How to Better Takes Notes in Your Meetings and Conferences

The traditional meeting note—handwritten in longhand, edited into a document after the meeting, and finally converted to an email—is a time-tested method of keeping track of discussion topics, decisions, and highlights. However, meetings are becoming more virtual, with more attendees participating via phone and using tools such as Zoom or Skype for Business. Using these tools, attendees take notes during meetings the same way they take them during coaching sessions. They include rich information, such as who mentioned which topic, who said what, and who said what to whom.

Your meeting notes are a quick way to capture important information, actions, and decisions from your meeting or conference. They can also be used to assess the effectiveness of your meeting or conference and serve as a record of the meeting. Meetings notes also offer an opportunity to share lessons learned and to develop new strategies.

Choose A Note-Taking Method That Works for You

You love attending meetings and also conferences… but you hate taking notes. If you’ve been to enough meetings, conferences, or seminars, you know the drill: everyone takes great notes at the beginning of the meeting, but as the day or meeting progresses, more and more of the notes are forgotten.

If you’re responsible for taking notes in meetings and conferences, you’ve probably felt the frustration of trying to do your job while staying alert. It’s especially tiresome since most people seem to forget that taking notes is a skill that can easily be practiced. There are dozens of note-taking techniques available, and choosing one that works is just a matter of personal preference.

Ditch The Laptop—Use Pen And Paper Instead

We use laptops and tablets all of the time. We’re used to typing in information, checking our email, surfing the web, and taking notes. So, it can be hard for us to switch to pen and paper. But there’s a reason those old-school note-taking methods worked so well: They’re fast. And, if you’re really trying to get the most out of your meetings, conferences, and training sessions, speed matters.

When was the last time your notes from your conference or meeting were legible? Oh, right, never. We are guessing you’ve probably resorted to scribbling notes on your phone or jotting down a summary on a tablet. Both methods are not ideal. But what happens when you have space in your brain for things that aren’t conference notes? If you are still worried about a pen-and-paper note-taking experience, there’s a solution. Check out Evernote, which organizes your notes for you by person, topic, and date, so you can quickly look back and find information.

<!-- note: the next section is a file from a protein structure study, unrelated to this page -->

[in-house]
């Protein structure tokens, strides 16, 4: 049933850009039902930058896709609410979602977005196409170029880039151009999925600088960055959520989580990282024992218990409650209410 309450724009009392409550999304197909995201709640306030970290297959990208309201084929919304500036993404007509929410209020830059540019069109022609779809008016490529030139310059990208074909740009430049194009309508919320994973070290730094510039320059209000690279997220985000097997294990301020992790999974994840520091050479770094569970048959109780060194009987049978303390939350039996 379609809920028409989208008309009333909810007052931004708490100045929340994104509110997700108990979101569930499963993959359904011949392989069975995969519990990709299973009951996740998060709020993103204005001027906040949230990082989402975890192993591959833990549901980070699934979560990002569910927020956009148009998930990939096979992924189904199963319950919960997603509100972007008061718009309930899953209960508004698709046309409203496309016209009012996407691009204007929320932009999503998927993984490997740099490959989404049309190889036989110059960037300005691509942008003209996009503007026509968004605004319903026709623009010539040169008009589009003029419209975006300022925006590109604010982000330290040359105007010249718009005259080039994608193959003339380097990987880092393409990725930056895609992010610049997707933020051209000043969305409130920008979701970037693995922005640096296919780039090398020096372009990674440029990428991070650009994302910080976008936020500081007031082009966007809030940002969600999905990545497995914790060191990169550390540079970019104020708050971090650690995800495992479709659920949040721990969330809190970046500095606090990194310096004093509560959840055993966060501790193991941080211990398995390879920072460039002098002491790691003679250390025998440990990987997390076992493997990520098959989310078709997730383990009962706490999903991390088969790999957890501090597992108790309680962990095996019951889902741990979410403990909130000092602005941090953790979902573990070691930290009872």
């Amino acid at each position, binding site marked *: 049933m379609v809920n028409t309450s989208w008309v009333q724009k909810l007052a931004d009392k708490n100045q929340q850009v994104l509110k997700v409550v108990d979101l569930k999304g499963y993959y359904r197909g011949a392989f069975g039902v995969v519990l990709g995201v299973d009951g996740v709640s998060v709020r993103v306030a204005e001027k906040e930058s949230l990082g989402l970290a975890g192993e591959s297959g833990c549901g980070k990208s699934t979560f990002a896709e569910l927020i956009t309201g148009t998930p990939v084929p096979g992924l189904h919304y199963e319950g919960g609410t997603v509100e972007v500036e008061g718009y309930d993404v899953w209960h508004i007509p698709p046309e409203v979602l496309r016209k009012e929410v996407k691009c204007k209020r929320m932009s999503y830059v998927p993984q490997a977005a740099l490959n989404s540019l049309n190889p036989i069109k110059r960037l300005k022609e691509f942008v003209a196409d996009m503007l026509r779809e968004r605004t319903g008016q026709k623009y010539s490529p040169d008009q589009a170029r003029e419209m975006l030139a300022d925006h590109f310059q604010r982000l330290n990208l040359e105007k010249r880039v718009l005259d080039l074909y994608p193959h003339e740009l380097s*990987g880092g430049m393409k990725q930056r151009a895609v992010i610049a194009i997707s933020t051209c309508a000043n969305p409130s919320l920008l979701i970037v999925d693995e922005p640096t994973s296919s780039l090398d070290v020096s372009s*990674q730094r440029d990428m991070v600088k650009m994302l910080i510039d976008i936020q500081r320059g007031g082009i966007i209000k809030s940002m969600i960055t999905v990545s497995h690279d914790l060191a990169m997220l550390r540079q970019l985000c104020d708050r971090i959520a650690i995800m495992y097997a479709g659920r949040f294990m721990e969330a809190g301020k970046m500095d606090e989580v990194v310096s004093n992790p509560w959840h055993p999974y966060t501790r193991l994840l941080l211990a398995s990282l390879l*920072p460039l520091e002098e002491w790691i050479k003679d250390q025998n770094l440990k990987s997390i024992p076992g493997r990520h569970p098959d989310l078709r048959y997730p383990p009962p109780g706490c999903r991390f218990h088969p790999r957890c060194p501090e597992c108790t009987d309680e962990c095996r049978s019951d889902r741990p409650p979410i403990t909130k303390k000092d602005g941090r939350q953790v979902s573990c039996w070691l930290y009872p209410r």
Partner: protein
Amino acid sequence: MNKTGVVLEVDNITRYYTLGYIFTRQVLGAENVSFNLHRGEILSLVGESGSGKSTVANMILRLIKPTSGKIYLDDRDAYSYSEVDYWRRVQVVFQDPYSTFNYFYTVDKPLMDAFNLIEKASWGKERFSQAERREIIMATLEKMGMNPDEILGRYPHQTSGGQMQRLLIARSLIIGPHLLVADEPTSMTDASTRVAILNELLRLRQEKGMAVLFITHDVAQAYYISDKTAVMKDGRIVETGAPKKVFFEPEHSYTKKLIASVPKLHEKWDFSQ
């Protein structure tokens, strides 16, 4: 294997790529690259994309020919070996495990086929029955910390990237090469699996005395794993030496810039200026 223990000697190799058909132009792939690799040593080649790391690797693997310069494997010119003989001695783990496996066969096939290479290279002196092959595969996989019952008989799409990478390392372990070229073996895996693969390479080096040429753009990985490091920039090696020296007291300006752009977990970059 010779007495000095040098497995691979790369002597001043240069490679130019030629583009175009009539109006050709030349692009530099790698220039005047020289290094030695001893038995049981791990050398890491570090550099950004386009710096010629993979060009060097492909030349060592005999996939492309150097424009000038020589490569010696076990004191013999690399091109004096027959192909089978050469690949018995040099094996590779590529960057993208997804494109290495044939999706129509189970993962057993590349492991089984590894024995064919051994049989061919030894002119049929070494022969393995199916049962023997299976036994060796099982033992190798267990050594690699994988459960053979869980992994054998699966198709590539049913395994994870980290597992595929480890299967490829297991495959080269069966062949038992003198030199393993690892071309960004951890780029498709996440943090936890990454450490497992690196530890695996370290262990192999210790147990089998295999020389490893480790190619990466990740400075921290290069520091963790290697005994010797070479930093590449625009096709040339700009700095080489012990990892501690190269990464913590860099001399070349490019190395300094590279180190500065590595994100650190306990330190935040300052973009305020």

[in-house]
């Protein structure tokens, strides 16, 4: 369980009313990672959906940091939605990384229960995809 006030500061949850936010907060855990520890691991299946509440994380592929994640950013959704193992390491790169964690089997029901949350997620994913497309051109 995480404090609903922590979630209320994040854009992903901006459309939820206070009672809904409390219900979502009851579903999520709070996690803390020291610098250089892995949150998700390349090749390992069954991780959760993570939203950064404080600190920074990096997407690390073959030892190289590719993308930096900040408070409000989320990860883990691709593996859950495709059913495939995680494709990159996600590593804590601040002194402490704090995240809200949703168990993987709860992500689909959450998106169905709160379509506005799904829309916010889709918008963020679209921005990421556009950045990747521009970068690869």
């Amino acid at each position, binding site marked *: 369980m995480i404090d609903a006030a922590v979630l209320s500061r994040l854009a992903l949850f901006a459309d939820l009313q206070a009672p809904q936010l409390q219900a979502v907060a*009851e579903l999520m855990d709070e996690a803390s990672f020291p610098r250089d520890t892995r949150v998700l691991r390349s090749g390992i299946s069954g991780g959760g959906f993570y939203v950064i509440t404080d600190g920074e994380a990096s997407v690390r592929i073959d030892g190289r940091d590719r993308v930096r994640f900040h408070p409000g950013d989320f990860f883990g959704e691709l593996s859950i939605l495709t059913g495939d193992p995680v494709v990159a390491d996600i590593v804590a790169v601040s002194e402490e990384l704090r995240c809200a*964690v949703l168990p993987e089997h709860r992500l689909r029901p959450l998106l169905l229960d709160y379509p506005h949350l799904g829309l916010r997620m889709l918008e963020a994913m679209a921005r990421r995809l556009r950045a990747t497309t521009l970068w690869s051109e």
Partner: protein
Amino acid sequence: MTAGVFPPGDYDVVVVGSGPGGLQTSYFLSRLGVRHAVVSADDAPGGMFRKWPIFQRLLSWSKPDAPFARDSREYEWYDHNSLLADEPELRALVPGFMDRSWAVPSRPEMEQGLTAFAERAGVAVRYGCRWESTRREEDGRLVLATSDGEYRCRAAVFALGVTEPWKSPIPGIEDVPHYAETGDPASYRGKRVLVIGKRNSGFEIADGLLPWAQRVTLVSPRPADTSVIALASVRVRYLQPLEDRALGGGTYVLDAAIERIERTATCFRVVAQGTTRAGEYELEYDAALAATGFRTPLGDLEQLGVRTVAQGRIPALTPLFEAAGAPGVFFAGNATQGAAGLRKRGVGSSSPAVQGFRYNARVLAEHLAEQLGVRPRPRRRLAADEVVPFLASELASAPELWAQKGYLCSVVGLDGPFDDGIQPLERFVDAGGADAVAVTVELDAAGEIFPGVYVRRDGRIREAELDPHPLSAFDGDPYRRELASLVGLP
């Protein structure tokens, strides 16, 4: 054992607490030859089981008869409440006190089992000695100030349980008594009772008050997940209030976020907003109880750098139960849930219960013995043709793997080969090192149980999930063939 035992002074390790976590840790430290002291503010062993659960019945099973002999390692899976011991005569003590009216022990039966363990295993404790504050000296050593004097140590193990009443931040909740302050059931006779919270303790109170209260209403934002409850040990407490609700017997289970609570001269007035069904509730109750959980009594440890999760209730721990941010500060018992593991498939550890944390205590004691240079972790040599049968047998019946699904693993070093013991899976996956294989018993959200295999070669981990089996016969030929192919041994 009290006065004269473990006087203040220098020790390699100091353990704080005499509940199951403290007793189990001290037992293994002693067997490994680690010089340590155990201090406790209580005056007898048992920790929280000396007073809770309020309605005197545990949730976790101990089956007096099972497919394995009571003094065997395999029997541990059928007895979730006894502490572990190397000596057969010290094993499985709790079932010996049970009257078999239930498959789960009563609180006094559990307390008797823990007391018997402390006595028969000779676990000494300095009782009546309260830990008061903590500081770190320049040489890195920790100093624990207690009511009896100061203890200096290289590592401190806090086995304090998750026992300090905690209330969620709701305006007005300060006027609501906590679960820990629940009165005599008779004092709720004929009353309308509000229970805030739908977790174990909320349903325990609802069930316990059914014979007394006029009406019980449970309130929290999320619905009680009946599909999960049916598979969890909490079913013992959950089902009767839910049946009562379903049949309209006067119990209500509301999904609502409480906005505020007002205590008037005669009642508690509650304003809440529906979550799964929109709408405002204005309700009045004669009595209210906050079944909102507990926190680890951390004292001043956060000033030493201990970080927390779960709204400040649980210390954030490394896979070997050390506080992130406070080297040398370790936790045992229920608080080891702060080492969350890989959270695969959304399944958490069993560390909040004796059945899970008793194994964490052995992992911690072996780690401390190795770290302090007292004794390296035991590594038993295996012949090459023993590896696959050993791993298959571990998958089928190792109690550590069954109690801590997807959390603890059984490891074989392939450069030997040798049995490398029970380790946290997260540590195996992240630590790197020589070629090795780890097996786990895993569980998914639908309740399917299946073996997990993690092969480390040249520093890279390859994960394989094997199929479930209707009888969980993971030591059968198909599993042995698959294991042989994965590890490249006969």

Do Not Write Everything Down Verbatim.

When you attend a meeting, conference, or gathering, take notes. Don’t just scribble, however. Take notes on key points, ideas, and the conversation. If you take them each day, you can refer back to them later.

The majority of meetings are not about just getting information. They’re also about networking, forming partnerships, solving problems, and making decisions. This is why taking notes plays a crucial role in meetings, conferences, and training—especially if you’re giving the information. If you don’t take them, you may miss important details or details that could help make a decision.

Use A Note-Taking Template

When it comes to meetings, many professionals feel obligated to take notes. There is a great benefit to doing so. They allow you to revisit the meeting and identify key points and points of reference when needed. Whether you are taking notes during a business meeting or a conference, capturing all the information you hear is important. But taking them can be a drag, and it’s easy to lose track of who said what. If you apply a simple note-taking template to all your meetings, however, you’ll be able to quickly jot down all the important details and save your meeting notes afterward.

Assign A Specific Note-Taker For The Meeting

The meeting planner has to juggle 3 or 4 balls literally:

  1. Keeping everything on schedule.
  2. Managing the expectations of attendees.
  3. Making sure the attendees receive valuable takeaways.

When planning a conference or meeting, it’s important to have as much information as possible ahead of time in order to execute a well-organized meeting. What good is a meeting or conference if no one can remember what was said? This goes for any business meeting, professional development seminar, or academic conference. While it may seem counterintuitive, people are more likely to remember things if they take notes.

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